Against a challenging recruitment backdrop, company culture has become a key factor for attracting people and retaining existing talent. Employers must demonstrate meaningful purpose, a commitment to social responsibility, and interest in employee well-being.
One key component of an attractive workplace culture is the strength of the employer’s diversity and inclusion practices. Whether and how they celebrate key religious, spiritual and cultural dates, festivals and traditions is one aspect that is sometimes overlooked by employers.
Understanding and recognising employees’ cultural and faith-based beliefs and traditions can be key to creating a culture that respects and values diversity and a sense of belonging.
Most businesses are well versed in the usual Christmas festivities and typically shut down for a time over the Christmas period.
Contrast this with whether workplaces feature a hanukkiah during the Jewish holiday of Hanukkah, or the number of offices that closed in October to observe Diwali. Too heavy a focus on one set of traditions to the exclusion of others may lead to employers appearing dismissive and employees feeling an important part of their identity isn’t valued. This could result in poorer job satisfaction, reduced engagement and higher turnover.
For businesses that can remain open year-round, there is greater opportunity for employees to choose their own annual leave and which days they wish to take off work for religious observance or celebration.
Rather than only creating space for those colleagues who share in the tradition or practice, the best company cultures foster learning and understanding among the wider employee community.
While approval of leave will be dependent on genuine business needs (and appropriate notice), allowing employees to choose whether to work or take time off on public holidays can go some way to mitigating the UK’s bias towards Christian holidays.
There is an abundance of important dates and celebratory occasions across faiths and cultures. Within any one belief system there tends to be occasions or observances considered to be of greater importance over others.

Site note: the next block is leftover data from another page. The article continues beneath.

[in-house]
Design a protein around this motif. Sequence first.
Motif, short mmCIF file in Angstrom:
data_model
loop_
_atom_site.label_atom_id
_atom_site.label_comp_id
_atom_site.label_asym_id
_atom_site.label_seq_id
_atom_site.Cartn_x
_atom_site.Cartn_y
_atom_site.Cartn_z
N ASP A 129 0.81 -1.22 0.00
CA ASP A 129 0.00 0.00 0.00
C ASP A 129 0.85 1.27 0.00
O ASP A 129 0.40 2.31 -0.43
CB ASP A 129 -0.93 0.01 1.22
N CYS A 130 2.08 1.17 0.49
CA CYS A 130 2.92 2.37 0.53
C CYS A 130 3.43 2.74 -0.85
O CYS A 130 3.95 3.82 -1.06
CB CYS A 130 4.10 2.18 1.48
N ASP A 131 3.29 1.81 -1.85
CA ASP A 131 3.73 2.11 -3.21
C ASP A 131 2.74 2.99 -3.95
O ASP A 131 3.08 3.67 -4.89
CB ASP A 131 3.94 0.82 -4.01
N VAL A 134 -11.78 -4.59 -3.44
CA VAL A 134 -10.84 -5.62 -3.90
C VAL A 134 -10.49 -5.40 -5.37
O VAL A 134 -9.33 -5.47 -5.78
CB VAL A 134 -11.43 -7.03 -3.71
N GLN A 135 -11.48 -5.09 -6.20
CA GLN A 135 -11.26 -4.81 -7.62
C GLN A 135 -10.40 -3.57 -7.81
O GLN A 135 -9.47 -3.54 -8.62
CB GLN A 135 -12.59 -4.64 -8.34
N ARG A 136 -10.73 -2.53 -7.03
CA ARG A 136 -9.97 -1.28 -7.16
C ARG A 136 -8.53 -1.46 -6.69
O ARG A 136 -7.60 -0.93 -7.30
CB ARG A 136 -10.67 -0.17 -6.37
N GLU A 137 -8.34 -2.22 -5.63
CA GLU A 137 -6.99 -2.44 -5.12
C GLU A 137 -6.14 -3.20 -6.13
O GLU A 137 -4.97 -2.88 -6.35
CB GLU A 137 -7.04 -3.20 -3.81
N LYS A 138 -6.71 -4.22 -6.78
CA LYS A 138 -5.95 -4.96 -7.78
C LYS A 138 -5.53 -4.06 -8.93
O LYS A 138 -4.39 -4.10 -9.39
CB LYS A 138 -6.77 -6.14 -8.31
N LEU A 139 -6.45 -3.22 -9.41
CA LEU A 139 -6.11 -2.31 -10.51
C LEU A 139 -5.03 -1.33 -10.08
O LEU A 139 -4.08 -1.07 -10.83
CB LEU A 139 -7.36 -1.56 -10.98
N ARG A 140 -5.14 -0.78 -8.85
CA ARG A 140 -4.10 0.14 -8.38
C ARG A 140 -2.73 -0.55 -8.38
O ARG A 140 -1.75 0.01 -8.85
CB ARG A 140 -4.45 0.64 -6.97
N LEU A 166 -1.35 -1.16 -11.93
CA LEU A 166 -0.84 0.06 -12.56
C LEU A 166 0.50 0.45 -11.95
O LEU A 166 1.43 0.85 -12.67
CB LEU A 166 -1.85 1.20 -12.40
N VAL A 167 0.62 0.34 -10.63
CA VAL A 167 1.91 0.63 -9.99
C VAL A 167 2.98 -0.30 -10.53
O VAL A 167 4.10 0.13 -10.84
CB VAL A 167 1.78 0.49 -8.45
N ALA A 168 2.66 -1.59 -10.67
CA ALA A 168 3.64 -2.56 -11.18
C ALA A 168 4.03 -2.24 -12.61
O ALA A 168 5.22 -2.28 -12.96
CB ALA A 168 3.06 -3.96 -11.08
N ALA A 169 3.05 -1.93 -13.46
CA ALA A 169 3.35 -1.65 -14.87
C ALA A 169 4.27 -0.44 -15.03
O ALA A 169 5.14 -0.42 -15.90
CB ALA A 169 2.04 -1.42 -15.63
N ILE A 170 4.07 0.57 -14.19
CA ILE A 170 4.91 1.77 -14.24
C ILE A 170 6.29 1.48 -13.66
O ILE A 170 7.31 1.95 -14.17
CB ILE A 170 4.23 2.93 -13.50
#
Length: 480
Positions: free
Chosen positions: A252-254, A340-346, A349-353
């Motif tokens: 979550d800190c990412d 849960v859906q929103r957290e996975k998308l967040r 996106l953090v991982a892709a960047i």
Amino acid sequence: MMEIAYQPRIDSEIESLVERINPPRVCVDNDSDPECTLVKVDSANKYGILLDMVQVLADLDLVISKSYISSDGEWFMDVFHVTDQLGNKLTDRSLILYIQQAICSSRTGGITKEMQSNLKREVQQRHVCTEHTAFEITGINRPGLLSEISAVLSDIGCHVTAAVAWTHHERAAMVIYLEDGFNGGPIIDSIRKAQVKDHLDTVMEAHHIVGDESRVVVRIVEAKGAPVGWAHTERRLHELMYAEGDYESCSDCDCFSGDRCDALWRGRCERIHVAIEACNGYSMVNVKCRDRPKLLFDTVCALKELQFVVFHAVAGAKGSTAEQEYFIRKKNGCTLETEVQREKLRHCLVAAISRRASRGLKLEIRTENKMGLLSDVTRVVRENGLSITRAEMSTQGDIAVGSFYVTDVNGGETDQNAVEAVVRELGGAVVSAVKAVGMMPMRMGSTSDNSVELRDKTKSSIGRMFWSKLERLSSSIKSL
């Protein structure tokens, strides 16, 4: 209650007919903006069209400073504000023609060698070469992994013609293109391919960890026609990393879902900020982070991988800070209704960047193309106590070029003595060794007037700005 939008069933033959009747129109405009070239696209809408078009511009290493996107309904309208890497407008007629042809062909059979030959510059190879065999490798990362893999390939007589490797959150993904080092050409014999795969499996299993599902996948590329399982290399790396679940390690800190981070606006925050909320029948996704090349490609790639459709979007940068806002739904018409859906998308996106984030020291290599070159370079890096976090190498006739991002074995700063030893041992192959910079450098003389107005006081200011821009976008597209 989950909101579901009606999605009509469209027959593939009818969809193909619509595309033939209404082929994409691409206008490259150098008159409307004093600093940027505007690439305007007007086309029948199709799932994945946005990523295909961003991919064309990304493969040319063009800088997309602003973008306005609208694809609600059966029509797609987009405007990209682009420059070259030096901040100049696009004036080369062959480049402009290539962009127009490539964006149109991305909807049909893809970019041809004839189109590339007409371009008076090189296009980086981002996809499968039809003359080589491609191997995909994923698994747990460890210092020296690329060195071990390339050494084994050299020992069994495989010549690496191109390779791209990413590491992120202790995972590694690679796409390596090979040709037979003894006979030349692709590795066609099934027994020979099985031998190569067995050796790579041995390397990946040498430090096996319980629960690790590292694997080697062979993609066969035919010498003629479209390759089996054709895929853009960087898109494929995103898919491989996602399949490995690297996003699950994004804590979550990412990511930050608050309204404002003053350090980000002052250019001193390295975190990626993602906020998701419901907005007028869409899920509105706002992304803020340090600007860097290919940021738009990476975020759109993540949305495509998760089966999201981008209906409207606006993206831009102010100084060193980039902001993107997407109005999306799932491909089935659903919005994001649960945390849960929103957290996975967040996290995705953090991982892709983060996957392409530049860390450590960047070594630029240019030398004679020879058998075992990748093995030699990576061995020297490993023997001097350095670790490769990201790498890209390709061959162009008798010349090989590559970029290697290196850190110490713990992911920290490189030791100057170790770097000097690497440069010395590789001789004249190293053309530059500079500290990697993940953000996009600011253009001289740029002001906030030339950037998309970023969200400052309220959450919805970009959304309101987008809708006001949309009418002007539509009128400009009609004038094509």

One effective way of better understanding the needs and identities of your workforce is simply to ask. During onboarding, consider giving employees an opportunity to tell you what they celebrate and which observances are important to them (handling responses as ‘special category data’ for Data Protection Act 2018 purposes).
If your organisation has a multicultural network or committee, involve them in plans as they will often have a clear understanding of employee needs and will be well placed to take on the mantle of organising events
If your organisation does not have such a group, we recommend forming one to champion and support colleagues from all faiths, ethnicities and cultures, enabling them to thrive within your organisation.
Shutting down multiple times over the year to celebrate various festivals and holy events is not a viable option for most businesses. Recognition is an important part of celebrating diversity though. This can be achieved through a newsletter or article on the company intranet, for example, explaining the significance of the occasion.
Rather than only creating space for those colleagues who share in the tradition or practice, the best company cultures foster learning and understanding among the wider employee community. A great way to encourage this is to ask colleagues or external speakers to share their personal experiences and why observance is important to them.
Although occasions are best celebrated around the relevant date(s), if logistics or cost gets in the way of celebrating each occasion individually consider arranging a shared event. Colleagues could decorate the space, and come together in dress to share those dishes and practices which celebrate their traditions or faith.
Attitudes and expectations concerning alcohol vary widely within and between faiths. Always consider whether consumption of alcohol would be appropriate to the occasion. And keep in mind that faith is not the only reason staff abstain from alcohol.
Drinkaware’s review of various health surveys found that 20% of adults in England and Wales (17% in Scotland, and 19% in Northern Ireland) do not drink alcohol. Some surveys indicate sobriety is on the rise, so it’s important to hold different formats of celebration, beyond just alcohol-fuelled soirées, to ensure everyone feels welcome. Alternatives include quizzes, guest speakers, performances of song or dance, and even donations to relevant charities.
Adding a calendar containing prominent religious/spiritual/cultural dates can help managers keep track and ensure they avoid booking team events while their Muslim colleagues, for example, are fasting during Ramadan.
You may have seen an increase in businesses asking if recipients want to receive Mother’s or Father’s Day communications. It is also important to recognise that celebratory times of year such as the Christmas period can be financially difficult, especially this year during the cost of living crisis. Some colleagues may find it emotionally challenging if they have suffered a bereavement.
Take the opportunity to remind colleagues of the support available to them and, where possible, the option to be left out of communications.
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